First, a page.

The first hour-and-a-half was rough. I got whacked by my board, swallowed nearly a gallon of salt water, and neardly had someone land on me with their board. To combat my exhaustion, my instructor cheerfully encouraged me, "¡Sí, se puede!" ("Yes, you can!"). It took several tries to get me off my knees and onto my feet, but even then I wouldn't let go of the board with my hands. When I finally stood up and started surfing, it was exhilerating. It felt like flying. I can't wait to give it another go tomorrow!


Nazca = super disappointing
UNESCO, please stop declaring every place a World Heritage Site. Pretty soon it´s going to be like receiving "two thumbs up" from Ebert.

Sunday, November 7, 2010

The Story of Macchu Picchu

The ninth and most famous Incan king (Inca actually means “king”) was named Pachacuti (1438-71). Legend has it that he met a girl in the Urubamba Valley and spent one amorous sunset with her. The girl’s mother was a seer and predicted that Pachacuti would rule the Incans. Her daughter was worried that Pachacuti would never return as although kings could have many concubines, they could only have one wife and that wife would be queen. “Besides,” she told him, “your people and mine might be enemies one day.” Pachacuti assured her that would never happen and promised to build her a palace in the place where they spent the sunset.

Sure enough, Pachucuti became king as the seer has foretold. He sent his soldiers out in the four cardinal directions to conquer different regions and expand the Incan empire. As custom demanded, he married a girl from the upper class (Incans usually married a half-sibling to maintain the blood line). In the meantime, he returned to the Urubamba Valley and secretly married his lover.

At the time, fighting between the Incas and the Kollas in Bolivias was splitting the empire in two. Pachucuti had to return to Cusco, the capital of the Incan empire, leaving behind his lover. Unbeknownst to him, she was pregnant at the time. She had the child and named him Ollantay. His grandmother predicted that he would either take over the kingdom or die. His mother sent him to Pachucuti, asking that he serve as a soldier in the king’s army. She never told the king that the young man was his son.

Ollantay became good friends with one Tupac Yanqui, one of Pachucuti’s sons and his half-brother. At the time, there was a campaign of 100 battles. Because of his faithful service to the king, Pachucuti named him general. When a rebellion took place in the town of Tumpas, the king therefore sent Ollantay to quell it. He succeeded and the town was renamed Ollantaytambo (now one of the three famous towns to visit in the Sacred Valley).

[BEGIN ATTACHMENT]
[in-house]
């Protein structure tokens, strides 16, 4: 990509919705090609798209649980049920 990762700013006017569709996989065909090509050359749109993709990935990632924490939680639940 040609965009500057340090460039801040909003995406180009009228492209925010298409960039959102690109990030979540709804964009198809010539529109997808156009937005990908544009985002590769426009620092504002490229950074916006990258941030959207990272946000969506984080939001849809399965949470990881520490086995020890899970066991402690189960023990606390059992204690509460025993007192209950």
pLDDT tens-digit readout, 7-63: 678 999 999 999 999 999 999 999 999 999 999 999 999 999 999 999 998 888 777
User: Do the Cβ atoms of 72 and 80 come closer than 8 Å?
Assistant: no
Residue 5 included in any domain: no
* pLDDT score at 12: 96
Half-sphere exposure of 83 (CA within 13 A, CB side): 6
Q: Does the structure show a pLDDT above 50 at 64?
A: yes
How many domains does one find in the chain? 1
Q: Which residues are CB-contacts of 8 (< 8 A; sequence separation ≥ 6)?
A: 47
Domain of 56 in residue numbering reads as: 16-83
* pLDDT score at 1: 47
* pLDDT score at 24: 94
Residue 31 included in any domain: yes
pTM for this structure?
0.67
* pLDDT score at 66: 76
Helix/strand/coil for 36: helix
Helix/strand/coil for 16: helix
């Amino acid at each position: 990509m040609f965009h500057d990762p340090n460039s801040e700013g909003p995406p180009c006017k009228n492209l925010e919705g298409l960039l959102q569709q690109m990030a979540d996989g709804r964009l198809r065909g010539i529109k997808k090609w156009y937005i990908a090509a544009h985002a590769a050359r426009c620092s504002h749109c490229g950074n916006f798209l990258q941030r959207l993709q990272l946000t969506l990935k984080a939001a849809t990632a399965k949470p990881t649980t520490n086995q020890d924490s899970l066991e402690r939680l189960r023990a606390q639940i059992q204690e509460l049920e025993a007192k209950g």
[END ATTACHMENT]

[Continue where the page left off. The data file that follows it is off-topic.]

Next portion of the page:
Meanwhile, Ollantay had falled in love with K (don’t remember her name). K was Pachucuti’s favorite daughter and her father didn’t want her to marry anyone. When he found out that Ollantay was in love with her, he asked Tupac Yanqui to send the upstart on the Incan expedition to Micronesia and Polynesia. As Tupac was good friends with him, he didn’t but told his father that he had. Ollantay used the opportunity to seek out the daughter, secretly marry her, and have a child with her.

Pachucuti had by then started construction of Macchu Picchu, supposedly as a palace for his love. He promised a reward to anyone who could bring water to the site. No one could. Ollantay was incredibly intelligent. Looking to the surroundings he saw the grandiose glacier Apu Salkantay. He decided to construct a canal from the glacier to Macchu Picchu. As a reward, he asked for K’s hand in marriage. Pachucuti refused. Ollantay decided to attack the king and wrest power from him in order to marry his daughter. He did not have the chance to carry out his plan, as his grandmother told him of the prophecy made long ago. She said that he had two options, he could kill his father or he could immolate himself – sacrifice himself on Salkantay so that his spirit would embody the mountain forever. Ollantay decided to do the latter.

Meanwhile, someone went running to Pachucuti and informed him of his son’s plan. Pachucuti was very sad. Yet, he decided that he could not give up his kingdom. He allowed Ollantay to proceed with his plan of sacrificing himself. For the next several decades, he told his children and grandchildren to look towards Salkantay and worship it because the glacier contained the spirit of Ollantay and the water running toward Macchu Picchu was Ollantay’s blood. Pachucuti lived to be 120 years old and died alone.

Macchu Picchu, At Last!